Rajkamal Rao

There’s no easy solution to America’s racial divide

Rajkamal Rao | Updated on June 06, 2020

Structural issues in law and order, along with racial biases that are ingrained in both communities, cannot be resolved overnight

Protesters from all over the world are united in solidarity against police brutality in the US. The trigger for this was the death of George Foyd an African-American, due to choking after being held down by a White police officer in Minneapolis, Derek Chauvin, for over eight minutes.

The assault occurred in broad daylight, at a busy street intersection, as Floyd’s repeated pleas, “I can’t breathe!”, were ignored. Three other police officers did nothing to stop the assault. Floyd’s crime? He allegedly passed a fake $20 note at a convenience store.

While most protests have been peaceful, some have joined the chaos to loot businesses. Many government officials have unfortunately excused this behavior as a legitimate outing of pent-up frustration over systemic injustices that disproportionately hurt American Blacks.

But a release of feelings will not solve the underlying problems of America’s racial divide. Many problems are deeply structural. It will take a complete revamping of the US’ founding roots to address these issues — and such changes won’t come easily.

Systemic problems

Consider a few practical issues which have brought us here. Minneapolis is a liberal city and all police officers, just as other government workers like school teachers and firefighters, are protected by employee unions. Union contracts are so overprotective of employee conduct that it is almost impossible to punish an employee even when their behaviour is egregious.

William Galston of The Wall Street Journal says that there were 18 complaints against Chauvin before the Floyd assault, but no action was taken other than two letters of reprimand. Since 2012, more than 2,600 complaints were filed against Minneapolis police officers — only 12 resulted in disciplinary action. If bad police officers can’t be fired and taken off their patrols, how is the US ever going to solve this problem?

Fighting crime in the country is a local responsibility, so the state of Minnesota will try the officer in a local court of law. The lawyers for the Floyd family are pressing the state to elevate the charge to first-degree murder, where the bar to convict is high because prosecutors have to prove that Chauvin planned Floyd’s death in a premeditated manner and with an intent to kill. What happens when a jury cannot convict Chauvin and he is let free? More riots will ensue, America will be irreparably damaged, and the media narrative will once again indict the criminal justice system.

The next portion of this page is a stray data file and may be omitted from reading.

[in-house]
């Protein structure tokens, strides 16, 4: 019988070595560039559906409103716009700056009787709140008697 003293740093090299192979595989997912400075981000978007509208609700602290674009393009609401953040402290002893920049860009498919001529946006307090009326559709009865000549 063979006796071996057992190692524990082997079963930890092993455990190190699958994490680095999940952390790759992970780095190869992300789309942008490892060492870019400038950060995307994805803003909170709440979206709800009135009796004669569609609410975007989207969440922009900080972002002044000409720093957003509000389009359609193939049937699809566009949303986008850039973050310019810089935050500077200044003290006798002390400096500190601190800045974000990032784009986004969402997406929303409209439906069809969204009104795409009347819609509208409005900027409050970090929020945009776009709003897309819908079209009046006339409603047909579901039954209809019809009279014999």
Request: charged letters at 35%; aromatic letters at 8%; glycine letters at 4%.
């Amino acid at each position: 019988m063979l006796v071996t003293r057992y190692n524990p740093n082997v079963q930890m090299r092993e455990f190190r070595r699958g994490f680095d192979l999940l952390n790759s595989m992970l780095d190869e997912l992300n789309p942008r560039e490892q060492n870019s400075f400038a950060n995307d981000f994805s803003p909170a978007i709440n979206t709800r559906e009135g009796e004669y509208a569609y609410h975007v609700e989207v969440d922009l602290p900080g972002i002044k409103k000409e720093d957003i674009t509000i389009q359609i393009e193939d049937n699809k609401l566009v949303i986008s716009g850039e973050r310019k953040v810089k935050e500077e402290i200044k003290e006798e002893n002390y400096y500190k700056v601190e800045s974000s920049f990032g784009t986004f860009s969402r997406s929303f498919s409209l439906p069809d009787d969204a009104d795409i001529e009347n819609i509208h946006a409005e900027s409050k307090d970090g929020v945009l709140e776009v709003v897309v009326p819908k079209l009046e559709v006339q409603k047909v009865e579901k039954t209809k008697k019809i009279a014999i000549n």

Everyone agrees that the American criminal justice system is ripe for reform. The NAACP, a 110-year old civil rights organisation for the advancement of Blacks and people of color, says that African-Americans are incarcerated at more than five times the rate of Whites. In 2014, African-Americans constituted 34 per cent of the total 6.8 million people in prisons —— although constitute only 12 per cent of the population.

But dire as these statistics are, the issue is more complicated. America loves guns, and the right to bear arms is protected by the Constitution. Anyone wishing to buy a weapon can stop by at a gun show and acquire it without undergoing a criminal background check or applying for a license. This flexibility is great if only good people buy guns. Unfortunately, that’s not the case.

Out on the street, police officers are legitimately scared for their lives. Every traffic stop by an officer could be the last stop ever made because the driver could have a loaded weapon. Police officers are therefore granted enormous discretion to use lethal force to defend themselves and those around them.

Prevalence of bias

Racial stigmas that African-Americans are more likely to indulge in violent or criminal behaviour — cultivated and popularised in thousands of Hollywood movies — already have White police officers on high alert when they encounter a Black male. When the suspect doesn’t obey the officer’s orders, or treats him with disrespect, the officer’s antennae are quickly programmed to escalate the reaction. The officer is trained to shoot first and ask questions later, even if the Black male is later found to be innocent and carried no weapon.

The root cause therefore is the enormous distrust that exists between the Whites and Blacks, largely because America is still a highly segregated society and there is little opportunity for the two races to socially mingle. White families don’t live in Black neighborhoods and vice versa. Children attend schools based on their address, so most White children attend majority-white schools, and correspondingly, Blacks attend schools where children of color are in the majority.

Both White and Black biases solidify during formative years of high school. Blacks feel that most Whites continue to enjoy enormous privilege in all aspects of life. Many Whites feel that Blacks are lazy, come from broken families, and are beneficiaries of a welfare state.

When students go to college, in a more open environment that campuses are known for, many biases are shed. But in the US, one only needs a high school education to become a police officer. An 18-year old who is just out of police academy training probably retains all their biases growing up and quickly takes to patrolling the streets.

So, protesters are right to attribute police excesses to systemic problems. Where they are wrong is in hoping for easy solutions. Because, none exist.

The writer is Managing Director, Rao Advisors LLC

Published on June 05, 2020

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